Even Atia, Caesar's seductive, conspiratorial niece (Polly Walker) - who gets to utter threats like "I'll use the eyes of your children as beads" - is nowhere near as psychologically complex and scary as Augustus's wife, Livia, played by Siân Phillips in "I, Claudius." For that matter, she's not as complex as Tony Soprano's mother, Livia, who was in spirit as well as name the epitome of the ruthless Roman matriarch.
From the very beginning, "Rome" follows the historic record too dutifully, making reference to famous events and real-life figures from Brutus and Mark Antony to Cato, Cicero and Calpurnia. Everybody knows something about ancient Rome, if only from Shakespeare or even just the matchbooks at Caesar's Palace in Las Vegas. Few remember all the historic details exactly. They don't matter.
Besides, historic accuracy in made-for-television dramas is a bit like frugality in the restaurant business: admirable, but not the kind of virtue that attracts four stars. "Rome," would have been better off exploring psychological strains that link us to a remote past that is ever present, from our legislative system to the nomenclature of plants and the costume of choice at a college fraternity party.
Bruno Heller, who wrote "Rome," and is also one of the series' creators and executive producers, has insisted that his script breaks with clunky classicism of the swords-and-toga genre to reveal a grittier, more realistic side of Rome, but is hard to see where. Sure, the first few episodes include scenes set in the teeming, Calcutta-like slums of ancient Rome, but so did "Gladiator." Even "Ben-Hur," included leper colonies along with chariot races.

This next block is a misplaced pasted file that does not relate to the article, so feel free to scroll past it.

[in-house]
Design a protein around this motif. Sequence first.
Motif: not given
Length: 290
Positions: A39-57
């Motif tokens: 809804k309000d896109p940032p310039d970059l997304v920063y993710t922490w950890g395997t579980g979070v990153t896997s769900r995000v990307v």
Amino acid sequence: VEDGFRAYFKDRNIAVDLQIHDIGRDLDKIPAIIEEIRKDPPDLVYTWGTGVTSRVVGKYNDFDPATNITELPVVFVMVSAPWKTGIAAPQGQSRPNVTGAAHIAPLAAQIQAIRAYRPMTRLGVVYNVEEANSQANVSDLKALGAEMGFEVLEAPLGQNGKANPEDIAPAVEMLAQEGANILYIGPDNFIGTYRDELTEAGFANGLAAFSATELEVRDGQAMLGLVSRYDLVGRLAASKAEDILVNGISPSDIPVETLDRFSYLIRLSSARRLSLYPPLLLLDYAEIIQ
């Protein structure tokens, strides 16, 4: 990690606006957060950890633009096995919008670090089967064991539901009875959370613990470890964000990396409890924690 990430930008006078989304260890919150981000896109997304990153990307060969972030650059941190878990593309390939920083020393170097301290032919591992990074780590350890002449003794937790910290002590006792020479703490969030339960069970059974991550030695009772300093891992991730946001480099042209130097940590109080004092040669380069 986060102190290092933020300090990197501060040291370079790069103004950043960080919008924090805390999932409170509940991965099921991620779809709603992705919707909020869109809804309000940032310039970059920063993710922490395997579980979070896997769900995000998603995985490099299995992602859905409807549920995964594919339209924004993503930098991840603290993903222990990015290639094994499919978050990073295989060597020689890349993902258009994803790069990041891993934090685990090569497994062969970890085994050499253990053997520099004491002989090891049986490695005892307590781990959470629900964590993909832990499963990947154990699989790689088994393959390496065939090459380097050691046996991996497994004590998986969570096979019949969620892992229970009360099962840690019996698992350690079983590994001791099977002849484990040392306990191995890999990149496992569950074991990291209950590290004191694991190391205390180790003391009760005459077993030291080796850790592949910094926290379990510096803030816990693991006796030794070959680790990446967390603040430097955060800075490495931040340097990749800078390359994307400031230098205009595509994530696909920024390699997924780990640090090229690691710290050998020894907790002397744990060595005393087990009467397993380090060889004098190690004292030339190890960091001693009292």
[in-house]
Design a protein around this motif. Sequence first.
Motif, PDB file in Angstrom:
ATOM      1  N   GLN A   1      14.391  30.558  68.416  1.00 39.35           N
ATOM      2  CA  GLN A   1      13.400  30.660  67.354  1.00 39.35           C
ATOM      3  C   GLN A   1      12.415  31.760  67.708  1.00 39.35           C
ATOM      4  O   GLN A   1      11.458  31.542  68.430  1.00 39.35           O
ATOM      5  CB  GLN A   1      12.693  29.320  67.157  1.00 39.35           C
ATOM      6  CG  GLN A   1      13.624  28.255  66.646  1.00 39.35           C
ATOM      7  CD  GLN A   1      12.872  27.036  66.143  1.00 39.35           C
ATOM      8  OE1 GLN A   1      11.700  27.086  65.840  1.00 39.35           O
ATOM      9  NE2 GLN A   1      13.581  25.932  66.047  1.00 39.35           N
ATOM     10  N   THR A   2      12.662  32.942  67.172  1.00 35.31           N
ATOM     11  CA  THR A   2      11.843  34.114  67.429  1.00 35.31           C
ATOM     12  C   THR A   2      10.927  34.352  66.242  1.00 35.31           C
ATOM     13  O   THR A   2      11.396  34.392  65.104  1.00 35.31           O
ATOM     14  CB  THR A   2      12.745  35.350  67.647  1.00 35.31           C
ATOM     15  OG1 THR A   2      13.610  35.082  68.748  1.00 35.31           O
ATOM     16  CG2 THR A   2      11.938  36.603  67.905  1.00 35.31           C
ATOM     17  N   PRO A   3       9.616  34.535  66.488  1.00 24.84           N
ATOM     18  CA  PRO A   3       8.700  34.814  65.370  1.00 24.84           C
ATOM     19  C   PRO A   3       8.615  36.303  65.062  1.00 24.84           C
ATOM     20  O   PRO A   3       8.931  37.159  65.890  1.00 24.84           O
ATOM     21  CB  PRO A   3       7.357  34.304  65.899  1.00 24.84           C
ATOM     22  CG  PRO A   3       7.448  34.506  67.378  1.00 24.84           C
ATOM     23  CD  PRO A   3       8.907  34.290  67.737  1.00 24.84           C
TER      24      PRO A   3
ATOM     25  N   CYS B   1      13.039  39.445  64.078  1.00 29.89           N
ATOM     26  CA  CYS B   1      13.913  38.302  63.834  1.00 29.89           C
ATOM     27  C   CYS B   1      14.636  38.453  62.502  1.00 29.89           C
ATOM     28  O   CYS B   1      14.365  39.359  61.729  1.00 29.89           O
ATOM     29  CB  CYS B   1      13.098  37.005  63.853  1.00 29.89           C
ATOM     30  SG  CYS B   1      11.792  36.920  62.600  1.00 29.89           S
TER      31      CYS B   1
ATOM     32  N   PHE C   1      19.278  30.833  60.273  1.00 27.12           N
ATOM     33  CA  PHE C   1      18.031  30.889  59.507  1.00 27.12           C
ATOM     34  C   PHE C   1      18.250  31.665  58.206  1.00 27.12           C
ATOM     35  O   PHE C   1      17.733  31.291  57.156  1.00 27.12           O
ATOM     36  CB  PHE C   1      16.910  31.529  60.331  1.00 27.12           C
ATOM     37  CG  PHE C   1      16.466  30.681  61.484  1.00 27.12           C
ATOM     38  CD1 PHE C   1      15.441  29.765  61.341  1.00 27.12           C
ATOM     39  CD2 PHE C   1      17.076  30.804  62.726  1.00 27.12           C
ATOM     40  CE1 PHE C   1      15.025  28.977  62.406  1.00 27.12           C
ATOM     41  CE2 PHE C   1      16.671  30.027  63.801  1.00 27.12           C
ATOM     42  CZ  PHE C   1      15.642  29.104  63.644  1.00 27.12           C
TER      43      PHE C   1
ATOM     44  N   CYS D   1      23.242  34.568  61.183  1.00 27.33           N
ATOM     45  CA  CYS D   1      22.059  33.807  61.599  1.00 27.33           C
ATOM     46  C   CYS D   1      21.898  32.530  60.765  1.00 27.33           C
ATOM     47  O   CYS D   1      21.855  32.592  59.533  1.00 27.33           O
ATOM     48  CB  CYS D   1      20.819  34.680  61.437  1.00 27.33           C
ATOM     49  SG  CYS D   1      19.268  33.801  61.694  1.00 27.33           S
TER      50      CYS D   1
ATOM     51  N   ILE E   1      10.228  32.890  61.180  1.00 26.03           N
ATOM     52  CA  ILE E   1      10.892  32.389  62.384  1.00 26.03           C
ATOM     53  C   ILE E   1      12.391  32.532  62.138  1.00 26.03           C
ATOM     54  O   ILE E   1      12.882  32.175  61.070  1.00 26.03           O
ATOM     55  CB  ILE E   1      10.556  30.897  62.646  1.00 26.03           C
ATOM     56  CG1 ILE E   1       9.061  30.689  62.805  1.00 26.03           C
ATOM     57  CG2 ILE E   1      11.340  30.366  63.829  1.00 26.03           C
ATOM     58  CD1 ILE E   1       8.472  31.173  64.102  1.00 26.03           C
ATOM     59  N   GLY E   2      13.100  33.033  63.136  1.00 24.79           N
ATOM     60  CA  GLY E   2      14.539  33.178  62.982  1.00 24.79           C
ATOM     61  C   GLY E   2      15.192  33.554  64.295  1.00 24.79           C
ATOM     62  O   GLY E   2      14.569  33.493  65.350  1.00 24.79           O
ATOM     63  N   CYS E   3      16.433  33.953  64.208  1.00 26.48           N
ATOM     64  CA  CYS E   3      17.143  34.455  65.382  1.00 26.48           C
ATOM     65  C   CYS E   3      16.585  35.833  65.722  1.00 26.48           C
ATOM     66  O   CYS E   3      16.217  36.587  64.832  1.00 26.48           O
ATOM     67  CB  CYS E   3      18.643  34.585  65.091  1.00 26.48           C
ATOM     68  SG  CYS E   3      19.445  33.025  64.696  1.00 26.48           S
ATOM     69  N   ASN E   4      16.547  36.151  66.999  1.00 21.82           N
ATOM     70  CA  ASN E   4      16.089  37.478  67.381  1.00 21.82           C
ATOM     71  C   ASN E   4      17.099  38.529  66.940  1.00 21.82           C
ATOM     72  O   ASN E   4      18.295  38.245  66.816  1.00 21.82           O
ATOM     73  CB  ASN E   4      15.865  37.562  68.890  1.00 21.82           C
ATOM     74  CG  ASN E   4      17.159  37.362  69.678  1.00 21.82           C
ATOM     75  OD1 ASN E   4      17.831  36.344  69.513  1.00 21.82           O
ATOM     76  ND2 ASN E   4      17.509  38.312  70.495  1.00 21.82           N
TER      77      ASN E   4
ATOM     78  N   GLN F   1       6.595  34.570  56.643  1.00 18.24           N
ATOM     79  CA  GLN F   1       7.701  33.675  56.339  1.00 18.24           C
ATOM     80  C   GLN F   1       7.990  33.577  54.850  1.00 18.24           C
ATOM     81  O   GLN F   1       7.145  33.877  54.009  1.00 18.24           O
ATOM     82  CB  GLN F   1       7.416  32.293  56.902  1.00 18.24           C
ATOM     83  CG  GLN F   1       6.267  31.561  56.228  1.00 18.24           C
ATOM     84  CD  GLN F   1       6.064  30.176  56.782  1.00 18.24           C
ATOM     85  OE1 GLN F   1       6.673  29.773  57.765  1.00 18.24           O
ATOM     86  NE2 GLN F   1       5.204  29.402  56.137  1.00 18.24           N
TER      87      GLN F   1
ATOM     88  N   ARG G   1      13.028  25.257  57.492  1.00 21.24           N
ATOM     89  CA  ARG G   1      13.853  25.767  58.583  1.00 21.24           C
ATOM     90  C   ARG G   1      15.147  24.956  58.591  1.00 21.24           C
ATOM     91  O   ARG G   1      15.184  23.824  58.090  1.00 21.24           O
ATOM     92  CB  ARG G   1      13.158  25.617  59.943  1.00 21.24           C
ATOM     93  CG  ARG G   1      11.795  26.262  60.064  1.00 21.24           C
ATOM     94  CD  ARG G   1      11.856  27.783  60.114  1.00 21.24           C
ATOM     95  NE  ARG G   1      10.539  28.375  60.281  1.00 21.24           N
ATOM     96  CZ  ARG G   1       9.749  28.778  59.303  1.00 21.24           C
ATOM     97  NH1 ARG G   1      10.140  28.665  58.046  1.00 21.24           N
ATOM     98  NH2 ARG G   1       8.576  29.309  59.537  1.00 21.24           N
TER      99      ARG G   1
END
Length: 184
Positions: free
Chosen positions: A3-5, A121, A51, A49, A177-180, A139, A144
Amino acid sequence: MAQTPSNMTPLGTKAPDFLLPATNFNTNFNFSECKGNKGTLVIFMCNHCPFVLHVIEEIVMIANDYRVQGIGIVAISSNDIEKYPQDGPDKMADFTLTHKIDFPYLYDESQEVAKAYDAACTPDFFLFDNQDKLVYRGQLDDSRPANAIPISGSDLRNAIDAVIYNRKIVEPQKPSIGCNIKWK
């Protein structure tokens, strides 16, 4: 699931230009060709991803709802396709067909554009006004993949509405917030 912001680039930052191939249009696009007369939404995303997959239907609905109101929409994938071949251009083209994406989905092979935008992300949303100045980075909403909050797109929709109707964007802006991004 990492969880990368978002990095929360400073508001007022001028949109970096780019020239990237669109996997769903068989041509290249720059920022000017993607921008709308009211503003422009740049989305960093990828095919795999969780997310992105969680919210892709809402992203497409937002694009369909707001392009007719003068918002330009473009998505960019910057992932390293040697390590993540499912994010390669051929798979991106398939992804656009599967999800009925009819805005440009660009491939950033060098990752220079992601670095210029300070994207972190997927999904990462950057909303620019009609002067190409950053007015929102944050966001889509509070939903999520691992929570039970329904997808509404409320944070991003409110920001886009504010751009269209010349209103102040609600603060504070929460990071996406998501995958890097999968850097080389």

The bright spot of "Rome" is in its subplot, the friendship of two Roman soldiers caught up in the larger frieze of empire-building and political intrigue. Centurian Lucius Vorenus, (James Purefoy) is a straight-arrow officer in Cesar's 13th Legion, while Legionnaire Titus Pullo, (Ray Stevenson), is a drunken, womanizing lout - a soccer hooligan in sandals.
The two hate each other at first sight. After the battle of Alesia, Vorenus has Pullo flogged then imprisoned for breaking battle formation to go on a wild killing streak. But fortune and misadventure bring them together after the war is over.
There is one other compelling character: Octavius, (Max Pirkis) Caesar's 11-year-old great nephew who grows up to become the Emperor Augustus: a boy with imperial cruelty and prep school self-consciousness. Mr. Pirkis, who looks a lot like the former child actor Neil Patrick Harris, plays Octavian as solemn, brainy and eerily precocious: a Doogie Howser, B.C.
Sex and violence in "Rome" are predictably explicit and unsuitable for children. (Suffice it to say that back then, men not only worshipped goats, they borrowed their mating habits.) The depiction of Roman religious practices is more interesting - a confused pastiche of piety and superstition that ranges from monks in red robes singing pre-Christian chants to disgusting animal sacrifices.
To secure Octavius's safe return from a dangerous mission, for example, Atia takes a bovine shower: she sits in a tub while, from a loft above her head, priests slit the throat of a live bull, letting the still warm blood pour down all over her face and bared chest. (It works better than Calgon: Octavius lives, and Atia's skin looks radiant)
But over all, "Rome" cries out for more imaginative casting, an unorthodox central character, and richer, smarter writing. Instead, much of it is expository and trite. "Without the gold, the people will turn on him with a vengeance," Pompey says of Caesar. "Without the people, he has nothing."
The success of "The Sopranos," and "Six Feet Under," and more recently, "Deadwood," lies in the way they paint sweeping, deeply layered psychological themes into the most humble, inauspicious frames: a mob family in New Jersey, a family-run funeral parlor in Los Angeles. Even "Deadwood" is just a 19th-century frontier town.
"Rome," takes on an entire civilization and whittles it down to less than its ruins.
"Rome" has arresting scenes and enjoyable moments, but it does not open a new frontier in HBO's empire. HBO is supposed to be the Caput Mundi of American television, bold, inventive and invincible. "Rome" is closer to Carthage.